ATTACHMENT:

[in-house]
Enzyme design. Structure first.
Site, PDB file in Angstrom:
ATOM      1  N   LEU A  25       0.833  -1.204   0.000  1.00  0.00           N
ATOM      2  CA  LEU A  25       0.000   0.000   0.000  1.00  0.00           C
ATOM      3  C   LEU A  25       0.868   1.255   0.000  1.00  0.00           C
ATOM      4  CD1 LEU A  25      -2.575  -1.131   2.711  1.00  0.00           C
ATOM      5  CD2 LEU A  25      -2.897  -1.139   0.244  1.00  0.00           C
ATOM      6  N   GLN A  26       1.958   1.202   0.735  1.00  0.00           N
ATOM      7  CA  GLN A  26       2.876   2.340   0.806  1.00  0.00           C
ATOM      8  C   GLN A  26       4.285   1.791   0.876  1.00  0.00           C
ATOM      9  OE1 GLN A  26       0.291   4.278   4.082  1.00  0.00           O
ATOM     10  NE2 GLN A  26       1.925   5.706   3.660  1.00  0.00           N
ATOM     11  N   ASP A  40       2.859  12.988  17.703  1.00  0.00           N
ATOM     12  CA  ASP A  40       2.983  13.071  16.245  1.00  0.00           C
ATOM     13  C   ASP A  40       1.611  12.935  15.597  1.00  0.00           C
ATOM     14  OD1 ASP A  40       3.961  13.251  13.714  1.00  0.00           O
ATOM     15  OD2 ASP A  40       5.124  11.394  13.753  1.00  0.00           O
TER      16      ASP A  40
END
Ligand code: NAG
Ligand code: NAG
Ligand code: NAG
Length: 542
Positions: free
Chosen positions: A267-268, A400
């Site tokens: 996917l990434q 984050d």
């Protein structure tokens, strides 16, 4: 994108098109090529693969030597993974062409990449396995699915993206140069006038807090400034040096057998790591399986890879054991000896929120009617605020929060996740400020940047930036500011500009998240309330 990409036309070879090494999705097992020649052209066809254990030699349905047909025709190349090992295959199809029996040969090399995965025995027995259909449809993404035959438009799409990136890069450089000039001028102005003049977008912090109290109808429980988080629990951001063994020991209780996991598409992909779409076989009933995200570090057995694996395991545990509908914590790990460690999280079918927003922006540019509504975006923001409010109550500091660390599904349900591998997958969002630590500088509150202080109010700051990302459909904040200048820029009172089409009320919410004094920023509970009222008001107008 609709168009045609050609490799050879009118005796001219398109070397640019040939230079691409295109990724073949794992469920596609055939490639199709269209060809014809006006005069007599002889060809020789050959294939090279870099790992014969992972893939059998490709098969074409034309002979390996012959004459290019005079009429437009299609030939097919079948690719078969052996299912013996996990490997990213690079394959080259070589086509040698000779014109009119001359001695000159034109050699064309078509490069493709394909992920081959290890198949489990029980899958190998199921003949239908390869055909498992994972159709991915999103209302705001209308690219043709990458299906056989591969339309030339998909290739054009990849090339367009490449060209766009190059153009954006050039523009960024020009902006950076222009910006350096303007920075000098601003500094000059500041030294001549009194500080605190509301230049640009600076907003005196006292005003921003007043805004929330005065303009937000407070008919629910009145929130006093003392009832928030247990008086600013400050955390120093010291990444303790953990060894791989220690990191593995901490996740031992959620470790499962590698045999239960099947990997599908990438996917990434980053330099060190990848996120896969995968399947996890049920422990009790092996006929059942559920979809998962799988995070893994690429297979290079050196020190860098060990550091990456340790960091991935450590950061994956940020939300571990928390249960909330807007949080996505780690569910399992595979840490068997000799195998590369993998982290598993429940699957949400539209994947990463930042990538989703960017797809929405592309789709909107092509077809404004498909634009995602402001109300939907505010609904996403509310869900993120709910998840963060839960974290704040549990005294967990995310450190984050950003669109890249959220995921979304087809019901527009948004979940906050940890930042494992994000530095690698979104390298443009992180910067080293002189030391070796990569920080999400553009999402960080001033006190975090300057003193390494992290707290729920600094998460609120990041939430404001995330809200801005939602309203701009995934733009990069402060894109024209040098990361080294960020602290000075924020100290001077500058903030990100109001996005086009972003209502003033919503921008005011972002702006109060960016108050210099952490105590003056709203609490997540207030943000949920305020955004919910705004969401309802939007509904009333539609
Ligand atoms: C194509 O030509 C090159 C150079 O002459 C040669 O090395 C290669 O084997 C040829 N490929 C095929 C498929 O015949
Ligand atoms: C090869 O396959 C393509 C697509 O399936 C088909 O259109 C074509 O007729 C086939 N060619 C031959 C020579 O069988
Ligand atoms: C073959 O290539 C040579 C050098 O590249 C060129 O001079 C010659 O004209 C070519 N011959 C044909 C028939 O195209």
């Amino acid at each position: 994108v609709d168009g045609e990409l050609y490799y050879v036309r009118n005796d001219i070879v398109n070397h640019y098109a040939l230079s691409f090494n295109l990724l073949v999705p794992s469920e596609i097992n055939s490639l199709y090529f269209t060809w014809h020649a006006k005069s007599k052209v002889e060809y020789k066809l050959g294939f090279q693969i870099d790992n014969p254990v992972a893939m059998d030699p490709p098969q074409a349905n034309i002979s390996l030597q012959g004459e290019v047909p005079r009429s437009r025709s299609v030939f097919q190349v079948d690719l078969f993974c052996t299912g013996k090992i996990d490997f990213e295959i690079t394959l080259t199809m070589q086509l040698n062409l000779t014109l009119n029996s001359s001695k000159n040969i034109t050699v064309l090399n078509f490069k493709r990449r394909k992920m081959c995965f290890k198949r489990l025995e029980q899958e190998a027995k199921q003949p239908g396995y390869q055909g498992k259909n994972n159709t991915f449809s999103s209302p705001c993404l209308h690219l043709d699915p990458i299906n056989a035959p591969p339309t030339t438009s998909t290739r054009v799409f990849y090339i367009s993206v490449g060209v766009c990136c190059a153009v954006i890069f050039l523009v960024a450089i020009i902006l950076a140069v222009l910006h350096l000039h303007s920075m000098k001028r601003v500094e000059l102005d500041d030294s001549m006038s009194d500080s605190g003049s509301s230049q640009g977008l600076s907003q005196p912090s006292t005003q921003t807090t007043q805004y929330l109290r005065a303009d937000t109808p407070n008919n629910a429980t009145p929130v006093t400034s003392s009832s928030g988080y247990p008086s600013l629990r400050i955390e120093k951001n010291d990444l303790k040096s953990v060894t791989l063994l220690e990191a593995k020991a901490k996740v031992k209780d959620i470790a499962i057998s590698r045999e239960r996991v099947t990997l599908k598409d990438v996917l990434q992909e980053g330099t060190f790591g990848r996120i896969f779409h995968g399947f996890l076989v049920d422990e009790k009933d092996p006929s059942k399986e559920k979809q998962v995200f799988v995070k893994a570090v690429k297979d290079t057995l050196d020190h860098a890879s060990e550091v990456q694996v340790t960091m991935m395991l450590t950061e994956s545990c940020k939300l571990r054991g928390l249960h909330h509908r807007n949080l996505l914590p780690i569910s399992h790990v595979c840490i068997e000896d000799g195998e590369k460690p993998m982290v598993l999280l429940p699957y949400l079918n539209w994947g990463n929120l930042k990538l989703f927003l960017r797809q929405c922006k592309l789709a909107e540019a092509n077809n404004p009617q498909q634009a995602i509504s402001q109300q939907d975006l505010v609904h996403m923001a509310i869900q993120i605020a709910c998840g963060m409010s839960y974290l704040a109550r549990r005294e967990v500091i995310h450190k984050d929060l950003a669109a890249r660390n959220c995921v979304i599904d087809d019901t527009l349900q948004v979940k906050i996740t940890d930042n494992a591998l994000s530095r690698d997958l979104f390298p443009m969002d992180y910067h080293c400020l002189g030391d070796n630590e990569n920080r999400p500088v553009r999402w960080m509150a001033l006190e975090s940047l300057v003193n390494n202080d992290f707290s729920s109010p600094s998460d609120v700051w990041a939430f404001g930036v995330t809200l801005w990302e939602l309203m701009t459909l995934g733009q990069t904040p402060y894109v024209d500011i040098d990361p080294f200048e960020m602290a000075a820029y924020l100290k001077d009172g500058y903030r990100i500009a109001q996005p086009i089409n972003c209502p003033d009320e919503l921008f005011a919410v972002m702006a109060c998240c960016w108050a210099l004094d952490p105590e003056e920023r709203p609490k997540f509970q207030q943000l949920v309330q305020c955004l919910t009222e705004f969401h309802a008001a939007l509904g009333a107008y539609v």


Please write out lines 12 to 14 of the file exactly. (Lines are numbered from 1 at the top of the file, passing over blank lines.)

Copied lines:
ATOM      9  OE1 GLN A  26       0.291   4.278   4.082  1.00  0.00           O
ATOM     10  NE2 GLN A  26       1.925   5.706   3.660  1.00  0.00           N
ATOM     11  N   ASP A  40       2.859  12.988  17.703  1.00  0.00           N